“Look, I just made $82,000 in one second!”

says, Sergei Tchetvertnykh, pointing at a flashing spreadsheet on his desktop’s screen. Keep reading here:


Infinium executes between 500,000 and 1,000,000 trades each day. It is the largest trader on the TSX.

Anyway… some highlights:

1) “the danger is that nobody really seems to think of themselves as owners. How can management be accountable to investors who change every few seconds?”

2) “a lot of trading these days is disconnected from any economic reality or the fundamentals of companies.”

3) “There’s more liquidity and tighter spreads,” says Grujic. “How can that not be better?” More liquidity means anyone can get an order filled almost immediately at the market price.”  (I include his quote to be balanced).

4) “Gaming, in the mathematical sense, is also very much a part of high-frequency trading. Other traders, whether they’re human beings or algorithms, often trade in patterns. Spot the pattern, and you might be able to trade against them. ”

5) Speed is so essential that high-frequency trading firms and traditional investment dealers have located computer servers a few feet away from stock exchange trading platforms. Infinium has two servers: one near Alpha Trading Systems Ltd.’s platform in Toronto, and the other near a TSX platform in the suburb of Markham (the exchange has another platform downtown). Transmission time for an order: less than a millisecond.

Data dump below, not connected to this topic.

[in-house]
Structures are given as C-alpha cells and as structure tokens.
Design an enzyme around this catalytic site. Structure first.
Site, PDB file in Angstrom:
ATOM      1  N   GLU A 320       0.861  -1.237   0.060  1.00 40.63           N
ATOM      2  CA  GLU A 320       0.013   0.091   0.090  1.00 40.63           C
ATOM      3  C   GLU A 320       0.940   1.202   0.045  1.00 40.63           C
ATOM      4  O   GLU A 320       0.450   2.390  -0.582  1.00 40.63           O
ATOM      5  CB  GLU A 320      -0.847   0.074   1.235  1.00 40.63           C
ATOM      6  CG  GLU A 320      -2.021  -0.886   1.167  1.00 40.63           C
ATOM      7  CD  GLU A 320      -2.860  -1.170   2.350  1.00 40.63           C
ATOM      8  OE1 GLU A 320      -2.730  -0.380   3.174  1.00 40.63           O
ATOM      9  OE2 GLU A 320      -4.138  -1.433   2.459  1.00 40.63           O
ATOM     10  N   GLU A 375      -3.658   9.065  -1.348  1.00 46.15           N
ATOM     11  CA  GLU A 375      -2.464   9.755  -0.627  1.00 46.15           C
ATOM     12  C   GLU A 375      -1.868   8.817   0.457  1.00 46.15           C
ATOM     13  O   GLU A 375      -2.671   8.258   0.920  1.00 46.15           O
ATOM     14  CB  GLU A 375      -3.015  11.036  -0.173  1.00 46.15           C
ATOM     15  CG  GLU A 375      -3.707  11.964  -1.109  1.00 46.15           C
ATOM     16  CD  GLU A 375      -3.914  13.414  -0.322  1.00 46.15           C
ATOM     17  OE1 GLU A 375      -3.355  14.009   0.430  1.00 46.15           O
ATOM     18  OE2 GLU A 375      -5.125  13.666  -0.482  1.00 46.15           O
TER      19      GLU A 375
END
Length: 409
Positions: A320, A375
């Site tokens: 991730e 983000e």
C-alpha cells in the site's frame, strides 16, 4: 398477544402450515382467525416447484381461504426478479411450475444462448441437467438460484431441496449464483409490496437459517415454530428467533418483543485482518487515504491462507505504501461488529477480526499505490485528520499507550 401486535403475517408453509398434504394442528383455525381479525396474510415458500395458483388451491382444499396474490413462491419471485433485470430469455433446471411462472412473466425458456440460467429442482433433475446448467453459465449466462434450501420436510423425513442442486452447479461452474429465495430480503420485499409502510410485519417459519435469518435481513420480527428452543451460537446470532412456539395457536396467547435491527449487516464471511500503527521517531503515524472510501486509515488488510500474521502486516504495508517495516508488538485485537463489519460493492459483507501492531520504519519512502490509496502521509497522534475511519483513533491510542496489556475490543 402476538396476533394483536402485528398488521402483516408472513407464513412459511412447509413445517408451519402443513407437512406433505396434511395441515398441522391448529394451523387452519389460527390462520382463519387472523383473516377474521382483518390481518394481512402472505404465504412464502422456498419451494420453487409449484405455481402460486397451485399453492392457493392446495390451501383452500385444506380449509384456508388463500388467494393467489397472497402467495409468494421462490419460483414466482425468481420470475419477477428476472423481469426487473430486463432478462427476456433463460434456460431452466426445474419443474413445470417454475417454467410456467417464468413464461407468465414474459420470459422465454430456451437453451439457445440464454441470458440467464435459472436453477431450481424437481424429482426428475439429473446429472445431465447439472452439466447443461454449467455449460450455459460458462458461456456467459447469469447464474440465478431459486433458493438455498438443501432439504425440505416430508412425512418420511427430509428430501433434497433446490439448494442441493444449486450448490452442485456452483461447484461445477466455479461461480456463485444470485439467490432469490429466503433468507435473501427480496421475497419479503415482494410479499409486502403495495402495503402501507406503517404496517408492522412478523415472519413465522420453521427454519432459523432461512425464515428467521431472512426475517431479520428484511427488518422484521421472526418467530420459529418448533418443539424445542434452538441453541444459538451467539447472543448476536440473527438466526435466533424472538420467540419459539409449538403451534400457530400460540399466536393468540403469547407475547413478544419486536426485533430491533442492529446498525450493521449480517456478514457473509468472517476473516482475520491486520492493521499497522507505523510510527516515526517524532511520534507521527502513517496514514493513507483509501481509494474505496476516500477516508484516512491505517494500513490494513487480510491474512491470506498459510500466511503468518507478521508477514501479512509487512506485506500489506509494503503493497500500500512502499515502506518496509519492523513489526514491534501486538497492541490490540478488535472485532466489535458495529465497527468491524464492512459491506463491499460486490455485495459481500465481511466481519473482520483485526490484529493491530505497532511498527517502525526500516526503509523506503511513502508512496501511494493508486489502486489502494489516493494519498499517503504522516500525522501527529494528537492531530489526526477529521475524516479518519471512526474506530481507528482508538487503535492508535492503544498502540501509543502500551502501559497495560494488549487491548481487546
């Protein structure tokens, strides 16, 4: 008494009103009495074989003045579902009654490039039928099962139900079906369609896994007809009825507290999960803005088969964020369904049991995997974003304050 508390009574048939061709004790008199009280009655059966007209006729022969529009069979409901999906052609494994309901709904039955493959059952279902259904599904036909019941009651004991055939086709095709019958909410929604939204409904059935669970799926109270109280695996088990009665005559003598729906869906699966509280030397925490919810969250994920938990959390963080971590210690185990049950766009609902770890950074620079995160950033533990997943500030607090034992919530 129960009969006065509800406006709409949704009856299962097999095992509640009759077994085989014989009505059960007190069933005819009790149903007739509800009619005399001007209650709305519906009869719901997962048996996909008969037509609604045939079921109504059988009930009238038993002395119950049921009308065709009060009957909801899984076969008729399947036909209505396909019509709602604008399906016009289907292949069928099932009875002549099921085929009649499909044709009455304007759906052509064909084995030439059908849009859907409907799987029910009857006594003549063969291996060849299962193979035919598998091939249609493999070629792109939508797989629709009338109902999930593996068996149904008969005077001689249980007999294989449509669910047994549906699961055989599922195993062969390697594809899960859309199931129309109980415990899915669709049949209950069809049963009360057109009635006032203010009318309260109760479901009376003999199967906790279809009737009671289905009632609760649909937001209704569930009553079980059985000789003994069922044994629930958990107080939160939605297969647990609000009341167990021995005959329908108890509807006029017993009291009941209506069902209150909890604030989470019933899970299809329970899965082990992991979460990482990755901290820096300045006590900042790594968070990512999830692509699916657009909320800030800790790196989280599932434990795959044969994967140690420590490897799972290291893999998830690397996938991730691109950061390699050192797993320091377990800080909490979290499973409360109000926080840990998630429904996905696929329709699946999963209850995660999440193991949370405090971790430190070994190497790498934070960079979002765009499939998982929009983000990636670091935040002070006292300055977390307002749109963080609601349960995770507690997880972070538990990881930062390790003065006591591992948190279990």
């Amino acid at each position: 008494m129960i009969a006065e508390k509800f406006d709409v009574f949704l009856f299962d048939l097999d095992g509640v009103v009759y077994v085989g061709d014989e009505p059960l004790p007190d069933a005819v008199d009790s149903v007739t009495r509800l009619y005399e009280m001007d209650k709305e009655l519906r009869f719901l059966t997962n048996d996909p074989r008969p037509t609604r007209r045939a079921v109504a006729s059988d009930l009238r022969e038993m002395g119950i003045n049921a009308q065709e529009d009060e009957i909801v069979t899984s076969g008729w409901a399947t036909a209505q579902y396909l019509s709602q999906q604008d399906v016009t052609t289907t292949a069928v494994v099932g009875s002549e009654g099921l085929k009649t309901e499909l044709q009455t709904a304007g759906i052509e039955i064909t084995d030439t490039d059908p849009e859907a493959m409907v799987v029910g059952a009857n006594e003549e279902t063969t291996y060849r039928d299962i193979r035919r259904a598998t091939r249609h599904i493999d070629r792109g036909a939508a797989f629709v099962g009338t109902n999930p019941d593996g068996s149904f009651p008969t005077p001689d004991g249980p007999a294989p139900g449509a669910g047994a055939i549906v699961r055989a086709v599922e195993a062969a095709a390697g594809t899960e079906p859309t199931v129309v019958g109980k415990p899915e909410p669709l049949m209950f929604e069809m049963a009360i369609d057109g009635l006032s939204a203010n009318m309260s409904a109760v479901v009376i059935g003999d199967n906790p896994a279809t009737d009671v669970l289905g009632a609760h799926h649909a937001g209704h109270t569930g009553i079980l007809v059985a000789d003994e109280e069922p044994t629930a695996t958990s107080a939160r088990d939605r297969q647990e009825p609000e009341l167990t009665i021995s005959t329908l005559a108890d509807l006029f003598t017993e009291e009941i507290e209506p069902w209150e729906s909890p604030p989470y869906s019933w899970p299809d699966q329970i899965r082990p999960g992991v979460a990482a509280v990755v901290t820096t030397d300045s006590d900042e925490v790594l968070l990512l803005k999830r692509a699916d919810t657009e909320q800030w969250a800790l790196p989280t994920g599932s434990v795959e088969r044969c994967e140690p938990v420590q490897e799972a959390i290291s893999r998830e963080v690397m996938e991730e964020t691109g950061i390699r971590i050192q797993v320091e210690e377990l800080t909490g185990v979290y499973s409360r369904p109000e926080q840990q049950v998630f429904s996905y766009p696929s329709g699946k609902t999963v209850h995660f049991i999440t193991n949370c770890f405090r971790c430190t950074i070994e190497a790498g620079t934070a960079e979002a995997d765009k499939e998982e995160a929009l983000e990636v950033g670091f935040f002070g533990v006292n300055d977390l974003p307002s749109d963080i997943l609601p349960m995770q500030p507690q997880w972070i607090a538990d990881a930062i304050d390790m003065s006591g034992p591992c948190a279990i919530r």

6) Risk is also a complex question. The high-frequency traders’ supercharged computers haven’t blown up markets—yet—but Caldwell says they have blown up individual stocks. Exhibit A: the investment bank Bear Stearns, which folded after its share price plummeted in March, 2008, even though then-SEC chairman Christopher Cox assured the markets that the firm was sound. “Bear Stearns did not commit suicide,” says Caldwell. “It was murdered.”

7) Yet they aren’t certain how big Infinium will get. Grujic says that “2,000 employees seems to be a natural place we could go.” Tchetvertnykh says he’d at least consider going public. “It would give us equity to bring in the best people.” He’d also consider selling out—he points out that Citigroup paid $680 million (U.S.) for South Carolina-based Automated Trading Desk LLC in 2007.

The most telling point of this article is ascertained by reading between the lines (or maybe it is not even that subtle). While HFT players were very secretive and media shy in the past, when they wanted to keep being the market’s best kept secret, today they are speaking out. They want exposure. They want people to know who they are. They want people to know how successful they are. THEY WANT TO CASH OUT. Whether in Canada, Redbank, West Coast, Lake Coast, or East Coast. I think we have seen their peak, at least in North America. Hopefully other markets learn from our experiences.